Annulments: Voiding a Marriage in New Jersey
Annulment is a term that most have heard of but in reality few understand. When it comes to divorce and family law in Morris County and Bergen County, as well as the rest of New Jersey, annulment can be a complicated process with very specific criteria. Different than the requirements for divorce, annulments will only be granted based on circumstances which cause a marriage to be illegitimate such as wrongdoing, illegal actions, or other very specific situations. Differences between the legal rights of divorcing spouses and those who are seeking an annulment are significant. To further complicate the issue, many individuals may confuse religious annulments for formal legal annulments, which have completely separate considerations.
Our Morris County divorce and family law attorneys are experienced in helping individuals define and better understand annulments, reviewing the factors necessary to be granted an annulment in New Jersey, and discussing the differences between annulments, divorces, and religious annulments.
Our annulment attorneys in Chatham have found the easiest way to explain annulments is by comparing them to a standard divorce. Annulment and divorce are the two ways the law recognizes to terminate a marriage, however they are very different. In addition, some may wish to have a religious annulment the legal ramifications of which should be completely understood.
- Annulments – when an annulment is granted to a couple, essentially the law is declaring that the marriage never took place. Both former spouses may legally state that they have never been married.
- Divorce – a divorce is a dissolution of a legal and proper marriage. Divorce involves either a formal legal process or out of court mediation or arbitration. In some cases a combination of the two may be needed in order for it to be formally resolved.
What Is an Annulment in Morris County?
As previously mentioned, annulments require concrete evidence that the marriage was not valid in order to be presented in court. Consequently, annulments are more difficult to achieve than divorces, and will only be granted in specific circumstances. Our Morris County annulment and divorce attorneys work hard to prove that one of the following factors was true during your marriage:
- spouse was already married at the time when your marriage (the second marriage) took place
- relationship was incestuous outside of the degree of relation allowed by law
- impotence, infertility, or other sexual issues which were hidden intentionally from a spouse before a marriage and/or was not rectified during a marriage
- either party was not mentally competent to legally enter into a marriage due to disabilities, intoxication coercion, and more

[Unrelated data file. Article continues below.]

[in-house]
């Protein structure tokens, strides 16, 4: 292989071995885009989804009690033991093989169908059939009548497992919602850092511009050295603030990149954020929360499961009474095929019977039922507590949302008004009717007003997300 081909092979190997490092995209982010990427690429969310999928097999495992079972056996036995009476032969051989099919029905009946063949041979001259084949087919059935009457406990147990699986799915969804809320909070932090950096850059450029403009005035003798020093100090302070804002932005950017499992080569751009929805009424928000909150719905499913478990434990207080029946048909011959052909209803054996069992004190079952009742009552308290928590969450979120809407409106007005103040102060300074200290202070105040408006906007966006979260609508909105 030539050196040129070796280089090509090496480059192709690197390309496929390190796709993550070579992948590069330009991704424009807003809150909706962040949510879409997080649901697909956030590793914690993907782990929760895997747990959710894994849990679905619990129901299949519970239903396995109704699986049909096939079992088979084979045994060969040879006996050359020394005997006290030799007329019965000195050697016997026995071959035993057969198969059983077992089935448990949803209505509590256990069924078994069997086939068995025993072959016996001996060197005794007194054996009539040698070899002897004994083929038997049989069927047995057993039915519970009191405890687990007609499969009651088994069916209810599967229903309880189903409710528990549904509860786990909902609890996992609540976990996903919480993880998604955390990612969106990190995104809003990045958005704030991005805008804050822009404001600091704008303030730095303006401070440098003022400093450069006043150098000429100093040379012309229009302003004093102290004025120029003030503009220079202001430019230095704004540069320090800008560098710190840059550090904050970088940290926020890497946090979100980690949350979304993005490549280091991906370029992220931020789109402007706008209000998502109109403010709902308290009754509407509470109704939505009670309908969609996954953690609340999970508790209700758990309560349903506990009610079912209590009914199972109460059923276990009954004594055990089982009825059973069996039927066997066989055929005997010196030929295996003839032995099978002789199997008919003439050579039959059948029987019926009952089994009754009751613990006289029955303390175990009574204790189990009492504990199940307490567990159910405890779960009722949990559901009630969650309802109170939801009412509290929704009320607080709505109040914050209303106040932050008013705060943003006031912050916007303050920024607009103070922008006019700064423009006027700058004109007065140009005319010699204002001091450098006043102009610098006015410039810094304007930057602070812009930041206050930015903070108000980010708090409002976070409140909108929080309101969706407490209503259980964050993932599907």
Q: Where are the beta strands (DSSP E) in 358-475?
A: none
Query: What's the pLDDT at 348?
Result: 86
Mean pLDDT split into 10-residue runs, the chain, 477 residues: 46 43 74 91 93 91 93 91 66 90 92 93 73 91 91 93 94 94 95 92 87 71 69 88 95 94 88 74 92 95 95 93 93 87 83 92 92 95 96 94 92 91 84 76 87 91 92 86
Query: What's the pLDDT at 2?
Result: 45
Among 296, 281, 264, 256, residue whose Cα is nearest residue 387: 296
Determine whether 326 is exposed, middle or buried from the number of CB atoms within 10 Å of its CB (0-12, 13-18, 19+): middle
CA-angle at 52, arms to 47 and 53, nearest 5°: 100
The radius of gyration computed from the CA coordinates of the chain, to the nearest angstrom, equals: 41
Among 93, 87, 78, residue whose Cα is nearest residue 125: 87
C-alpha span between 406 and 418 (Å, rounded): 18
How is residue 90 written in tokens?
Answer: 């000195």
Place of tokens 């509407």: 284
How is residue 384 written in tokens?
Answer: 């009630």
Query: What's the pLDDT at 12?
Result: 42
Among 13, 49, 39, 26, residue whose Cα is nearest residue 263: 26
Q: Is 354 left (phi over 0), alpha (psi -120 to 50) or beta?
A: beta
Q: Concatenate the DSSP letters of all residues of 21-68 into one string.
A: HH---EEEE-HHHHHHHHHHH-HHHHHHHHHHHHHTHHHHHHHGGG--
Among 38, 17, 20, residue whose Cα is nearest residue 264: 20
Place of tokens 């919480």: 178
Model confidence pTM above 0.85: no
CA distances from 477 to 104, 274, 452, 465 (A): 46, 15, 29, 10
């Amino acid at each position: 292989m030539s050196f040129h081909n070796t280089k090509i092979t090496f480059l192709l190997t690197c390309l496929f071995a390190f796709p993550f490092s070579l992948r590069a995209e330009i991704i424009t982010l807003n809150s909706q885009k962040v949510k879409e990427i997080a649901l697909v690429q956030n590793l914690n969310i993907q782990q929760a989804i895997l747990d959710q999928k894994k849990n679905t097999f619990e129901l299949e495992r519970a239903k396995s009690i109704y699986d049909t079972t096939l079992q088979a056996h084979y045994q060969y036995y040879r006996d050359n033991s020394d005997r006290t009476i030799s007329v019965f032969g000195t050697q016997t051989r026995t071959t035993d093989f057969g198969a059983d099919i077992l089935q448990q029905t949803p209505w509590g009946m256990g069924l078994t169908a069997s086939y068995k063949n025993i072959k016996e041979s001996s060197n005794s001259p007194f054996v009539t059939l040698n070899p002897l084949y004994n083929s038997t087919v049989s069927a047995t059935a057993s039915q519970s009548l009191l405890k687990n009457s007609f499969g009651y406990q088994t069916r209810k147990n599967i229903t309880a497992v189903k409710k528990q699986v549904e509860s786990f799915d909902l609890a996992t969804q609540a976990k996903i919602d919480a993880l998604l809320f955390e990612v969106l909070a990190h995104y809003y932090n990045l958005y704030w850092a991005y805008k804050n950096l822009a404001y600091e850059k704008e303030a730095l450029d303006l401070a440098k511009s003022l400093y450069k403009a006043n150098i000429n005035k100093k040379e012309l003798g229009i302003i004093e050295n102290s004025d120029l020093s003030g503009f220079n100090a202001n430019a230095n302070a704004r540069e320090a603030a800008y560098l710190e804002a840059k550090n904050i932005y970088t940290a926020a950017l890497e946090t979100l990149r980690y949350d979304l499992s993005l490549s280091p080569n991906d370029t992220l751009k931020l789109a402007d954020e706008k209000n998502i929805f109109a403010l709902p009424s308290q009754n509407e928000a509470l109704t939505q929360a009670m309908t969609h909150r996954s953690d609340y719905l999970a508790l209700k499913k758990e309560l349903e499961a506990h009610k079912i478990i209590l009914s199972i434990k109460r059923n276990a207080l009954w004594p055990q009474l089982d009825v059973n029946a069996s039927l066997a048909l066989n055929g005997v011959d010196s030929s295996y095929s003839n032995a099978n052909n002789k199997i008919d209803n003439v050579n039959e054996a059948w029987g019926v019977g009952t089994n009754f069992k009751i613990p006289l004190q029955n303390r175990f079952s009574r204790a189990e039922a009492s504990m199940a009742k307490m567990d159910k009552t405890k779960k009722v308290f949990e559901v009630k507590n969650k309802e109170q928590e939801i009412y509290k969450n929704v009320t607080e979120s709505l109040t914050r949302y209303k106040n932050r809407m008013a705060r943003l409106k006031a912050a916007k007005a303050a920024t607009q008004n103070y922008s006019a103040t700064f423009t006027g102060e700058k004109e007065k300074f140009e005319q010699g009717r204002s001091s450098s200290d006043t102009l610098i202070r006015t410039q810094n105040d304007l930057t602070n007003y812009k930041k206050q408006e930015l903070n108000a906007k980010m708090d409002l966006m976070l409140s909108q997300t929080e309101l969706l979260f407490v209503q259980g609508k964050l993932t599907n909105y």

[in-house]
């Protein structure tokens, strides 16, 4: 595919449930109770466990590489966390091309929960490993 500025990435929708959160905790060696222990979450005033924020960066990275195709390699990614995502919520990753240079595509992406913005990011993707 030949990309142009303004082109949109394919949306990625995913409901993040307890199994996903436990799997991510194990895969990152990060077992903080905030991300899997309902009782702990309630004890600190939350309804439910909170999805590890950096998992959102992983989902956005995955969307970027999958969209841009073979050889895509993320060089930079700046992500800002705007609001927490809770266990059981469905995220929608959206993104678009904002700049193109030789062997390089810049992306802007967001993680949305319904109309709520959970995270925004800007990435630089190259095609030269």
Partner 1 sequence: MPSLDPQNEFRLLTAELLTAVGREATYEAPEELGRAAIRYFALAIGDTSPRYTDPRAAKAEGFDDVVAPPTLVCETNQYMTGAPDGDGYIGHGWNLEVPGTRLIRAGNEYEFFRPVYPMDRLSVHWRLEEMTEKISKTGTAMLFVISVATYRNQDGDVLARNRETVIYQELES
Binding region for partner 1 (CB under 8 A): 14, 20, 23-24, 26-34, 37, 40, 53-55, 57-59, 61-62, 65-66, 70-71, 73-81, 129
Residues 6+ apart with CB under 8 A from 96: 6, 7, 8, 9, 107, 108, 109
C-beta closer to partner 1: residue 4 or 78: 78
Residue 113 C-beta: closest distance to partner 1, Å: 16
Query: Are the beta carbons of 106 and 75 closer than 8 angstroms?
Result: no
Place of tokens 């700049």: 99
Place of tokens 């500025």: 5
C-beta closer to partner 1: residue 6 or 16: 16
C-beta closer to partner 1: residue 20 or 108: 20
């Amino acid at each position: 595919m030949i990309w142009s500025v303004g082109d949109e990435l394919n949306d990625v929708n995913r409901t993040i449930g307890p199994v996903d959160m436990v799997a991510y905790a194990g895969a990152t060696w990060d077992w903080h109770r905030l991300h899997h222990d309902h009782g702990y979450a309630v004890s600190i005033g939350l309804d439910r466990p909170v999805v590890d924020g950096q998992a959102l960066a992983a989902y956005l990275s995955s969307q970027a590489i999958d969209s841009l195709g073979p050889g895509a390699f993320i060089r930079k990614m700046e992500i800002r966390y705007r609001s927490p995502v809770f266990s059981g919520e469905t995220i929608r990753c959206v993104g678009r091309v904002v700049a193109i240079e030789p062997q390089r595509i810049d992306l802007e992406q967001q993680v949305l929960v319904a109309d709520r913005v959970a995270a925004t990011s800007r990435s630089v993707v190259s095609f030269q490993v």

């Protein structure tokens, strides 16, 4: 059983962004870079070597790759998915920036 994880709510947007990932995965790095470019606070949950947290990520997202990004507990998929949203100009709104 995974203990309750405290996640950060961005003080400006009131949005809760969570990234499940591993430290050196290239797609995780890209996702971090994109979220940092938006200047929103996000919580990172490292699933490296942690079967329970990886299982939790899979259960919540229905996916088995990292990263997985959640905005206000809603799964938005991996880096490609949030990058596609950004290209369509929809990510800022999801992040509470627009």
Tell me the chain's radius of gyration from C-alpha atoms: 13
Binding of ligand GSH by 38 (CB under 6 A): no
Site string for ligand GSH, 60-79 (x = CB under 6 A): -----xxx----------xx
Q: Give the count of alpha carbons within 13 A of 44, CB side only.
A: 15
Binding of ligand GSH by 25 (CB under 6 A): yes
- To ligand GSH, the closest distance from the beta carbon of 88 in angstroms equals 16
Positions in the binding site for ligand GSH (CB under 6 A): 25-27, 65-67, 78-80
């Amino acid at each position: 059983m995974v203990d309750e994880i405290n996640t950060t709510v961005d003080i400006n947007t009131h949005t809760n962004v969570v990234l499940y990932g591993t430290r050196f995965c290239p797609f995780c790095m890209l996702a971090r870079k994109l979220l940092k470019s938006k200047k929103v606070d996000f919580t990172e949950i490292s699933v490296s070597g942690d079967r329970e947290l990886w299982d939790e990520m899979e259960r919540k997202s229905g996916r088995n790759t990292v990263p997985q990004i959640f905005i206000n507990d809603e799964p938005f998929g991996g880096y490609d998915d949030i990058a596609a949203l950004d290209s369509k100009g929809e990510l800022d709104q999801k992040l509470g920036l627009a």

- one or both spouses was underage at the time of the marriage
- reasons under the general equity jurisdiction of the New Jersey Superior Courts
Any or all of the above may be considered grounds for an annulment as per N.J.S.A. Section 2A34-1 causes for judgement of nullity.
Annulment and Divorce Attorneys Chatham NJ
Discuss the key differences between annulments and divorce (the first already mentioned in the last section, also, in an annulment, there is no “marital property” since the marriage never existed, meaning each party retains whatever property they brought to the marriage regardless of marital contributions. Also, chances are alimony will not be awarded for much the same reason.
Spouses who are granted an annulment are in a very different situation than those who are granted a divorce. In an annulment there is no marital property. As a result, the spouses are not responsible for, or entitled to, any of the considerations of a divorce such as alimony or marital property division. Thus both parties will leave the marriage with whatever property they had when the union was entered into.
Is a Religious Annulment Legally Binding in New Jersey?
Some may wish to undergo a form of annulment that takes places in churches and other religious institutions. To many of our clients this is a very important process. However, we always remind them that this process is purely religious in nature, and is not considered valid from a legal perspective.In order to legally annul a marriage, a formal court process needs to be undertaken, and it is highly recommended that each party retain the counsel of an experienced annulment attorney in order to be sure the process is legally recognized and avoid possible future legal squabbles.
Contact Our Morristown Divorce and Annulment Lawyers Today
At The Law Office of Townsend, Tomaio & Newmark, our experienced and skilled family law attorneys have helped countless clients across Chatham, Chester, Roxbury, Mendham, and the greater Morris County area to successfully and favorably resolve their New Jersey civil annulments.
If you have any questions about your potential civil annulment, the processes involved, and how to best protect your financial and parental future during your annulment, do not hesitate to schedule a free and confidential consultation with our firm today. Please contact us online, or through our Morristown office at 973-840-8970.